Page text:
How to Unclog a Drain Without Harsh Chemicals or Drano

Try these tips for unclogging a drain before calling a plumber.

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Top view of water flowing down a stainless sink and drain
Photo: adavino/Getty Images

Knowing how to unclog a drain is helpful when, inevitably, one of your drains isn't flowing as well as it used to. Drains can clog from dirt buildup, soap scum, skin flakes, hair, and other waste. And unclogging a drain is essential for keeping water flowing smoothly and avoiding an overflow.

There are plenty of good commercial drain cleaners on the market, even some with plant-based formulas. However, if you're trying to choose more DIY eco-friendly cleaning solutions, have yet to restock your bathroom supplies recently, or want to save money, follow this guide for unclogging a drain without using harsh chemicals like Drano.

How Often to Unclog a Drain

Unclog and clean drains as soon as you notice a drain is sluggish or slow-draining. Every week, rinse the kitchen sink drain and bathroom drains with hot water. Then, monthly, flush pipes with boiling water after cleaning the drain with a baking soda and vinegar mixture.

What You Need:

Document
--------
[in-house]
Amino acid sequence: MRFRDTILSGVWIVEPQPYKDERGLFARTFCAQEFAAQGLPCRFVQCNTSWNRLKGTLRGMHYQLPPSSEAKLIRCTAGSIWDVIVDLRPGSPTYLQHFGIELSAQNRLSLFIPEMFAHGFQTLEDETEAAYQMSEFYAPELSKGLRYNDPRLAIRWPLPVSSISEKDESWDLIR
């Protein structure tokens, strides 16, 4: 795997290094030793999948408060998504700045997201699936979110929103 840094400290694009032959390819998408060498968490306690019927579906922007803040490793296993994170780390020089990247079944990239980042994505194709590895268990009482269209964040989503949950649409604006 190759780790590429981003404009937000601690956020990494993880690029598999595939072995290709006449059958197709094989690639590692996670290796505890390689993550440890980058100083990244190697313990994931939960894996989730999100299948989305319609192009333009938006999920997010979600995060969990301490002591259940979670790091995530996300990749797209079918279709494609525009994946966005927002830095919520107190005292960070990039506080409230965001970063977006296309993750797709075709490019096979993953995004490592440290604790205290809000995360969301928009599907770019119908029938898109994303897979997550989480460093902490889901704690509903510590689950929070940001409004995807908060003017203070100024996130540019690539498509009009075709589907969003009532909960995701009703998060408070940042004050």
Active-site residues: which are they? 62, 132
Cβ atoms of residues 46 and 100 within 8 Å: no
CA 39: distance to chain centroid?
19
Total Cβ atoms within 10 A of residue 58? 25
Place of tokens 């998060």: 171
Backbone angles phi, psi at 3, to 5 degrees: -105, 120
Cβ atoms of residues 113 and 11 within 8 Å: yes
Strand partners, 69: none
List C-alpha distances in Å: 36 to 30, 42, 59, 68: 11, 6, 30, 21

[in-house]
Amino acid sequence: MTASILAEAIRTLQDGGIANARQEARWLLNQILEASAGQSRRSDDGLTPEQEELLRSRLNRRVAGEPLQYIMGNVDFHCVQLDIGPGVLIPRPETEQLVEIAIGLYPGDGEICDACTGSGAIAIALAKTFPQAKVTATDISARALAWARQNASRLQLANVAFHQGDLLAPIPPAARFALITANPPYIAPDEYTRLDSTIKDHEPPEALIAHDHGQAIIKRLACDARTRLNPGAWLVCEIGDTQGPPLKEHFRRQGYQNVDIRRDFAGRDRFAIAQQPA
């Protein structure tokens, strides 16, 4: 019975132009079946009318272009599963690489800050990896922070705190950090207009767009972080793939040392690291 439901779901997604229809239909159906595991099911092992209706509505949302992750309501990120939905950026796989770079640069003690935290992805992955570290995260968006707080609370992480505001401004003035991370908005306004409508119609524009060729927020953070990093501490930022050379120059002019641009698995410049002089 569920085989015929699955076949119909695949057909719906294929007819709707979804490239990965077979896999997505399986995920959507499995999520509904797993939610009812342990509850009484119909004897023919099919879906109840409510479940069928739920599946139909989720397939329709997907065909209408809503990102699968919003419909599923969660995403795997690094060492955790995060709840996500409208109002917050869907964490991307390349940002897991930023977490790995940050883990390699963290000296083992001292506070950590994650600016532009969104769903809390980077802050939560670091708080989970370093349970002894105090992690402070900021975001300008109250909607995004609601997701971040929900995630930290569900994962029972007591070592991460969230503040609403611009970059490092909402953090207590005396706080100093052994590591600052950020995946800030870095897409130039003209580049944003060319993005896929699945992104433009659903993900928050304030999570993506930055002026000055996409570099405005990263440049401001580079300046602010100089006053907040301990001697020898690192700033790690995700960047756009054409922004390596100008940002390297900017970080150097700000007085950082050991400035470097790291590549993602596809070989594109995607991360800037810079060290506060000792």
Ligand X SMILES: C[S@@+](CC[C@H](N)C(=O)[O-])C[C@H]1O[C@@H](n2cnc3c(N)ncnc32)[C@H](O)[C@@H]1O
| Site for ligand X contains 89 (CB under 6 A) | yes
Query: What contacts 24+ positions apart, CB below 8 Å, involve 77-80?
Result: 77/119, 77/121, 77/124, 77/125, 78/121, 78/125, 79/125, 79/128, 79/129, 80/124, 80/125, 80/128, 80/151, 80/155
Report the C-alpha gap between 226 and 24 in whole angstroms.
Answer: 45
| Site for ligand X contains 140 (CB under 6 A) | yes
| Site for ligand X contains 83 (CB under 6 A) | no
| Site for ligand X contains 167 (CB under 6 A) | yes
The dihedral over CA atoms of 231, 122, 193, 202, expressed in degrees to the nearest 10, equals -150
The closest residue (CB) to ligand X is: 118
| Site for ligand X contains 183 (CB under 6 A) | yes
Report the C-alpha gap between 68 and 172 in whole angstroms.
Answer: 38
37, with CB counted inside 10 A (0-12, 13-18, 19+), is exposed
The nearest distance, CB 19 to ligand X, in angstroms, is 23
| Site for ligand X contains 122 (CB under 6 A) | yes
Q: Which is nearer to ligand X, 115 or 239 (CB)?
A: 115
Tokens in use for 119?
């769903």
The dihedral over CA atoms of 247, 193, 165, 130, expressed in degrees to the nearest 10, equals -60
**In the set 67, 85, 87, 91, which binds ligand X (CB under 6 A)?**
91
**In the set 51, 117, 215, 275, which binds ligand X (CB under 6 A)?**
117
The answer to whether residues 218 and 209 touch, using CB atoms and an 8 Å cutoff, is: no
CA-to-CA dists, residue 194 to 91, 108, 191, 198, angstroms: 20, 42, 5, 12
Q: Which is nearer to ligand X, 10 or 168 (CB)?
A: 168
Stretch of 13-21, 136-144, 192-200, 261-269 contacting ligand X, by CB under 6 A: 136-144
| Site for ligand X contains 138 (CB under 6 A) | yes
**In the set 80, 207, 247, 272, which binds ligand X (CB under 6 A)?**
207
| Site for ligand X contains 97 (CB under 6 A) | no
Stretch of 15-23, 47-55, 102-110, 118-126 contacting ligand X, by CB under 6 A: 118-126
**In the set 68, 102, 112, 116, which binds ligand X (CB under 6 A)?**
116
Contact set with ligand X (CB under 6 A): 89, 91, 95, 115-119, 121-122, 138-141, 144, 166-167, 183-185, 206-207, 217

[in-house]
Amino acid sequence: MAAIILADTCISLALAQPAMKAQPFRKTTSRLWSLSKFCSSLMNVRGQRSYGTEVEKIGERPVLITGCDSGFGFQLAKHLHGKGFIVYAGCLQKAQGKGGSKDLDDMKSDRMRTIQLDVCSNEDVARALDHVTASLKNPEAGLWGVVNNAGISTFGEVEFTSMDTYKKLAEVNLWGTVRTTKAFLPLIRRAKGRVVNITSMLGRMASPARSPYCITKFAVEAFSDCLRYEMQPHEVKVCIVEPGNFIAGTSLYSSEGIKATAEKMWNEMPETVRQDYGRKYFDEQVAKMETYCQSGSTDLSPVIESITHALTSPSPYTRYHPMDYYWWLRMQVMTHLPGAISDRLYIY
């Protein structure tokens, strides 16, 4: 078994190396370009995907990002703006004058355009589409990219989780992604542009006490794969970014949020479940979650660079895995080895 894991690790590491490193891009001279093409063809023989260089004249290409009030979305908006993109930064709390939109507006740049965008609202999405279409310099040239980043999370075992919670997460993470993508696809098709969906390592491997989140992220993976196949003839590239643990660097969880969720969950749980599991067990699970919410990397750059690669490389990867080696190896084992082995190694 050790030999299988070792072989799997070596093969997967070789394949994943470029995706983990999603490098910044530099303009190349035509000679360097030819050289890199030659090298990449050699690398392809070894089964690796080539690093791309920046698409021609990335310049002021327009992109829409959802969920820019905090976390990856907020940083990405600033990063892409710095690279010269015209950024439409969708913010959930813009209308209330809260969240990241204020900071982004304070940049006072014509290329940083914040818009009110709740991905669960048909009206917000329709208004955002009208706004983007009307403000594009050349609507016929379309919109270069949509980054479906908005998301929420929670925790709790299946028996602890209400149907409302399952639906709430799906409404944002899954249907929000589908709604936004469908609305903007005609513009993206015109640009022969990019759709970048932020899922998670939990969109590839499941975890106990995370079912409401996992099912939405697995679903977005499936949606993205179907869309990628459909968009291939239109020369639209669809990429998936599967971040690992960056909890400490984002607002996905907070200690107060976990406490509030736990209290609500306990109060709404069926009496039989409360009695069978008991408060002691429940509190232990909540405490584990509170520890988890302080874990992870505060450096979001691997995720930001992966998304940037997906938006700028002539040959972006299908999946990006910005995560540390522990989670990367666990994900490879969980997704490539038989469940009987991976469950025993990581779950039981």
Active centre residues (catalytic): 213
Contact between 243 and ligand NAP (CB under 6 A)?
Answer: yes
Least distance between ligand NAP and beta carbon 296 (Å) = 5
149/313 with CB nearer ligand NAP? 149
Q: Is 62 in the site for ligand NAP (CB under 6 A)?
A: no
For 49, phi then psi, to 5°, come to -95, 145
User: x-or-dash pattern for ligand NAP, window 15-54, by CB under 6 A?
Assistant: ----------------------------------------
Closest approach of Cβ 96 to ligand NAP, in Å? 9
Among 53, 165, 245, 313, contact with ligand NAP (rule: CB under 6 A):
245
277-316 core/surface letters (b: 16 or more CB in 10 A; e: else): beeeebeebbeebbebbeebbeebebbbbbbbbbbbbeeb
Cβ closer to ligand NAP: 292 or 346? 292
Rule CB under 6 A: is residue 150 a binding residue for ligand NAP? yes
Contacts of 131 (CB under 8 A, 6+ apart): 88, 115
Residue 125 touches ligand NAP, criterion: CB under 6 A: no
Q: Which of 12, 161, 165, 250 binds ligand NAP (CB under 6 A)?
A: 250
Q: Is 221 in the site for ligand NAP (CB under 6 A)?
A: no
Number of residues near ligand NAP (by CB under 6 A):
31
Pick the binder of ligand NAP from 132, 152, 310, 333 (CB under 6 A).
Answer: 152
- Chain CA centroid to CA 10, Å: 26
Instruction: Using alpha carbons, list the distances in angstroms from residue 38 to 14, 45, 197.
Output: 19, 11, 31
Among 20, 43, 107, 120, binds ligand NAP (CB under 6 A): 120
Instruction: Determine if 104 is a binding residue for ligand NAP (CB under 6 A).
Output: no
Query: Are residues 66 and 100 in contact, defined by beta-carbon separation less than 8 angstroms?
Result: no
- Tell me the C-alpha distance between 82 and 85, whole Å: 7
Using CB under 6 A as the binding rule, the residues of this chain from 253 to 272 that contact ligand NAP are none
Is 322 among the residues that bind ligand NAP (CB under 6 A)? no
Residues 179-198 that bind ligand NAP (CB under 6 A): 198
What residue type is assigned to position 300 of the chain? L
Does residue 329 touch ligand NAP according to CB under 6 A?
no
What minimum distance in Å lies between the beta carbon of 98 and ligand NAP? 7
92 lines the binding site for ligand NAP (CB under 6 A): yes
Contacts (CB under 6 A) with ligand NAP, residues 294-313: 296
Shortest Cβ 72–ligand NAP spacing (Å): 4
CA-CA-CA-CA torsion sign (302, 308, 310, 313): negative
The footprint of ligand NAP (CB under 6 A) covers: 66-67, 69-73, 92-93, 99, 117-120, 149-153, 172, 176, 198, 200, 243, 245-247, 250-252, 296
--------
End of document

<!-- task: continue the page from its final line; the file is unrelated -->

How to Unclog a Drain Without Chemicals

Rather than reaching for a bottle of drain-clearing chemicals, which are terrible for the environment and can damage pipes or cause a clog to move further down, try these methods—from easiest to most challenging.

Step 1: Try Plunging

Remove the strainer or stopper from the drain, then fill the basin halfway with water. Start plunging, gradually increasing the pressure to (hopefully) remove the clog. If you have a double sink, plug the other side to get enough pressure to clear the clogged drain.

Step 2: Clean With Baking Soda and Vinegar

If plunging made no difference, try pouring 1 cup of baking soda down the drain, followed by 1 cup of white vinegar. Let the mixture bubble and fizz for at least 30 minutes. Then, pour a kettle of boiling water directly down the drain.

Step 3: Use a Drain Snake

If neither of these easy techniques worked, try using a drain snake to remove the clog manually—it's a rigid metal wire that goes down the drain and grabs or dislodges the obstruction, hopefully letting you pull it out. Be careful when using a drain snake, especially if pipes are older.

Step 4: Take Pipes Apart

If using a drain snake doesn't remove the clog, and you feel comfortable doing so, you can take apart the pipes under the sink to clean them.

  • First, turn off the shutoff valves located under the sink before you start working. (Don't skip this step.)
  • Look underneath the sink for the pipe that connects the sink to the wall. Take a picture (so you won't forget where things go).
  • Place a bucket underneath the curved pipe (p-trap), and unscrew the pipes using the adjustable wrench (turning counterclockwise) if needed.
  • Clean out the pipe and then reinstall it.
  • Turn the shutoff valves back on, and run the water to ensure the pipes are tight and not leaking.